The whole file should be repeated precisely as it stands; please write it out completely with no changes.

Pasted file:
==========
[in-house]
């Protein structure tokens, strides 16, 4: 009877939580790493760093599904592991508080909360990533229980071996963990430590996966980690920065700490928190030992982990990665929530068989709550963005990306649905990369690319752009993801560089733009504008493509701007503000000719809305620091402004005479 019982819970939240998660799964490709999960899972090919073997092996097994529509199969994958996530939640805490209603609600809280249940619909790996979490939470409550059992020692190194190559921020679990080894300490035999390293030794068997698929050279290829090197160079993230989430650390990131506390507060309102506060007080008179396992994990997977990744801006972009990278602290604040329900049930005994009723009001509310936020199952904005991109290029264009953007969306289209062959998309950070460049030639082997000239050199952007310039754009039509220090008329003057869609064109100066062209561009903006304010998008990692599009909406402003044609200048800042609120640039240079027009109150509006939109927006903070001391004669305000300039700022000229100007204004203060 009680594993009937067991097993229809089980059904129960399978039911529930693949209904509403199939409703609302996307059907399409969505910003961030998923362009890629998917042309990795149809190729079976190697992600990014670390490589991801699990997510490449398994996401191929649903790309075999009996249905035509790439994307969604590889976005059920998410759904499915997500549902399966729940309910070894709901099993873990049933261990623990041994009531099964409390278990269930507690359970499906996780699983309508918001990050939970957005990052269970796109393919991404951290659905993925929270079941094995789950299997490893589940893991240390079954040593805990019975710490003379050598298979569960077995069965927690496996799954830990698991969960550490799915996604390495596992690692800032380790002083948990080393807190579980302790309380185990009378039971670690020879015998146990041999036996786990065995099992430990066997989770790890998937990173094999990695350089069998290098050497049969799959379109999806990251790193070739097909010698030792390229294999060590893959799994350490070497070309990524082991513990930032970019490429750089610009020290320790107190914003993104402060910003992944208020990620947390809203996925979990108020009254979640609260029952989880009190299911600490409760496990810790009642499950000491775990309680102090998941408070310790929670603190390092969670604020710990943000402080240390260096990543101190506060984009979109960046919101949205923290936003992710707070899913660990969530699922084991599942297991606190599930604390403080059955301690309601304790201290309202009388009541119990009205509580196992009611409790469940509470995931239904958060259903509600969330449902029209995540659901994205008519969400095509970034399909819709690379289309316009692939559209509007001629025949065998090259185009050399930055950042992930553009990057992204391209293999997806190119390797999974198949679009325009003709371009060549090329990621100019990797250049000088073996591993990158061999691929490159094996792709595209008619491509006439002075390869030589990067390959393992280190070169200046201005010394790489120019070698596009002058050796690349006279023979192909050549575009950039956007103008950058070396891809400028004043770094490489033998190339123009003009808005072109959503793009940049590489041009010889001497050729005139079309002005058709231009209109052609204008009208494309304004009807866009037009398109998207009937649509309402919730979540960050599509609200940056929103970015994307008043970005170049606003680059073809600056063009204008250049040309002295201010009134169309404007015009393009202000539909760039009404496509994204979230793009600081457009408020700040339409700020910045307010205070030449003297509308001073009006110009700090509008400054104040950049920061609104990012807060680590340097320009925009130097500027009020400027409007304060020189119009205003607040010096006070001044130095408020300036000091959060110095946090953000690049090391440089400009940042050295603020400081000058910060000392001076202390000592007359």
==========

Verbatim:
[in-house]
């Protein structure tokens, strides 16, 4: 009877939580790493760093599904592991508080909360990533229980071996963990430590996966980690920065700490928190030992982990990665929530068989709550963005990306649905990369690319752009993801560089733009504008493509701007503000000719809305620091402004005479 019982819970939240998660799964490709999960899972090919073997092996097994529509199969994958996530939640805490209603609600809280249940619909790996979490939470409550059992020692190194190559921020679990080894300490035999390293030794068997698929050279290829090197160079993230989430650390990131506390507060309102506060007080008179396992994990997977990744801006972009990278602290604040329900049930005994009723009001509310936020199952904005991109290029264009953007969306289209062959998309950070460049030639082997000239050199952007310039754009039509220090008329003057869609064109100066062209561009903006304010998008990692599009909406402003044609200048800042609120640039240079027009109150509006939109927006903070001391004669305000300039700022000229100007204004203060 009680594993009937067991097993229809089980059904129960399978039911529930693949209904509403199939409703609302996307059907399409969505910003961030998923362009890629998917042309990795149809190729079976190697992600990014670390490589991801699990997510490449398994996401191929649903790309075999009996249905035509790439994307969604590889976005059920998410759904499915997500549902399966729940309910070894709901099993873990049933261990623990041994009531099964409390278990269930507690359970499906996780699983309508918001990050939970957005990052269970796109393919991404951290659905993925929270079941094995789950299997490893589940893991240390079954040593805990019975710490003379050598298979569960077995069965927690496996799954830990698991969960550490799915996604390495596992690692800032380790002083948990080393807190579980302790309380185990009378039971670690020879015998146990041999036996786990065995099992430990066997989770790890998937990173094999990695350089069998290098050497049969799959379109999806990251790193070739097909010698030792390229294999060590893959799994350490070497070309990524082991513990930032970019490429750089610009020290320790107190914003993104402060910003992944208020990620947390809203996925979990108020009254979640609260029952989880009190299911600490409760496990810790009642499950000491775990309680102090998941408070310790929670603190390092969670604020710990943000402080240390260096990543101190506060984009979109960046919101949205923290936003992710707070899913660990969530699922084991599942297991606190599930604390403080059955301690309601304790201290309202009388009541119990009205509580196992009611409790469940509470995931239904958060259903509600969330449902029209995540659901994205008519969400095509970034399909819709690379289309316009692939559209509007001629025949065998090259185009050399930055950042992930553009990057992204391209293999997806190119390797999974198949679009325009003709371009060549090329990621100019990797250049000088073996591993990158061999691929490159094996792709595209008619491509006439002075390869030589990067390959393992280190070169200046201005010394790489120019070698596009002058050796690349006279023979192909050549575009950039956007103008950058070396891809400028004043770094490489033998190339123009003009808005072109959503793009940049590489041009010889001497050729005139079309002005058709231009209109052609204008009208494309304004009807866009037009398109998207009937649509309402919730979540960050599509609200940056929103970015994307008043970005170049606003680059073809600056063009204008250049040309002295201010009134169309404007015009393009202000539909760039009404496509994204979230793009600081457009408020700040339409700020910045307010205070030449003297509308001073009006110009700090509008400054104040950049920061609104990012807060680590340097320009925009130097500027009020400027409007304060020189119009205003607040010096006070001044130095408020300036000091959060110095946090953000690049090391440089400009940042050295603020400081000058910060000392001076202390000592007359």